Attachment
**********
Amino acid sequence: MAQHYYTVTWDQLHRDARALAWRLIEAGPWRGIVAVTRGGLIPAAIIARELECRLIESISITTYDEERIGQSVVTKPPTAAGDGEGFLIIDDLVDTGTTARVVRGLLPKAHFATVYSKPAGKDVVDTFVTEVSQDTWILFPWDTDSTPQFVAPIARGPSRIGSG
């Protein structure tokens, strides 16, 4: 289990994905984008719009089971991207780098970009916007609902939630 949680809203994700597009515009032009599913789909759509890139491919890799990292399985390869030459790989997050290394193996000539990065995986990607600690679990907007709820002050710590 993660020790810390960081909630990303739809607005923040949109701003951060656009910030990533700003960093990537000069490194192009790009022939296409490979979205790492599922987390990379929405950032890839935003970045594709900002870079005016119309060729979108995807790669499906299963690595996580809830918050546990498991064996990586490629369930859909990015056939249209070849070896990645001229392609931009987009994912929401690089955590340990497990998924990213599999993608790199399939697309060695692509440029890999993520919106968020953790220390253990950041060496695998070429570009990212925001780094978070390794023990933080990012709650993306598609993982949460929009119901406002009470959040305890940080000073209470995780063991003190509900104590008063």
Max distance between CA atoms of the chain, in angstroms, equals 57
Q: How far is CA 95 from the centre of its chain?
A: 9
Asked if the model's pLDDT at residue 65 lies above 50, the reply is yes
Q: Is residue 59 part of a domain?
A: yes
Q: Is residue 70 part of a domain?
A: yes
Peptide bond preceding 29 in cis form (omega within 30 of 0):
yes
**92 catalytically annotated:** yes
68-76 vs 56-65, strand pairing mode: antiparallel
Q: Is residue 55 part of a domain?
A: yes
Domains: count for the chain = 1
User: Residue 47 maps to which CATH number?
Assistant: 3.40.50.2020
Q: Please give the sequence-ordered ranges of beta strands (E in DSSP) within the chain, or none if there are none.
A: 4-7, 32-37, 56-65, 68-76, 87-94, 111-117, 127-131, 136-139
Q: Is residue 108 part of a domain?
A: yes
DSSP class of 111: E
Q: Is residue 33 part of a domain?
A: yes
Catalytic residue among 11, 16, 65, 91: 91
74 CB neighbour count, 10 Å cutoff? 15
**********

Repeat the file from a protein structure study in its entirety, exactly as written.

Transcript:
Amino acid sequence: MAQHYYTVTWDQLHRDARALAWRLIEAGPWRGIVAVTRGGLIPAAIIARELECRLIESISITTYDEERIGQSVVTKPPTAAGDGEGFLIIDDLVDTGTTARVVRGLLPKAHFATVYSKPAGKDVVDTFVTEVSQDTWILFPWDTDSTPQFVAPIARGPSRIGSG
């Protein structure tokens, strides 16, 4: 289990994905984008719009089971991207780098970009916007609902939630 949680809203994700597009515009032009599913789909759509890139491919890799990292399985390869030459790989997050290394193996000539990065995986990607600690679990907007709820002050710590 993660020790810390960081909630990303739809607005923040949109701003951060656009910030990533700003960093990537000069490194192009790009022939296409490979979205790492599922987390990379929405950032890839935003970045594709900002870079005016119309060729979108995807790669499906299963690595996580809830918050546990498991064996990586490629369930859909990015056939249209070849070896990645001229392609931009987009994912929401690089955590340990497990998924990213599999993608790199399939697309060695692509440029890999993520919106968020953790220390253990950041060496695998070429570009990212925001780094978070390794023990933080990012709650993306598609993982949460929009119901406002009470959040305890940080000073209470995780063991003190509900104590008063």
Max distance between CA atoms of the chain, in angstroms, equals 57
Q: How far is CA 95 from the centre of its chain?
A: 9
Asked if the model's pLDDT at residue 65 lies above 50, the reply is yes
Q: Is residue 59 part of a domain?
A: yes
Q: Is residue 70 part of a domain?
A: yes
Peptide bond preceding 29 in cis form (omega within 30 of 0):
yes
**92 catalytically annotated:** yes
68-76 vs 56-65, strand pairing mode: antiparallel
Q: Is residue 55 part of a domain?
A: yes
Domains: count for the chain = 1
User: Residue 47 maps to which CATH number?
Assistant: 3.40.50.2020
Q: Please give the sequence-ordered ranges of beta strands (E in DSSP) within the chain, or none if there are none.
A: 4-7, 32-37, 56-65, 68-76, 87-94, 111-117, 127-131, 136-139
Q: Is residue 108 part of a domain?
A: yes
DSSP class of 111: E
Q: Is residue 33 part of a domain?
A: yes
Catalytic residue among 11, 16, 65, 91: 91
74 CB neighbour count, 10 Å cutoff? 15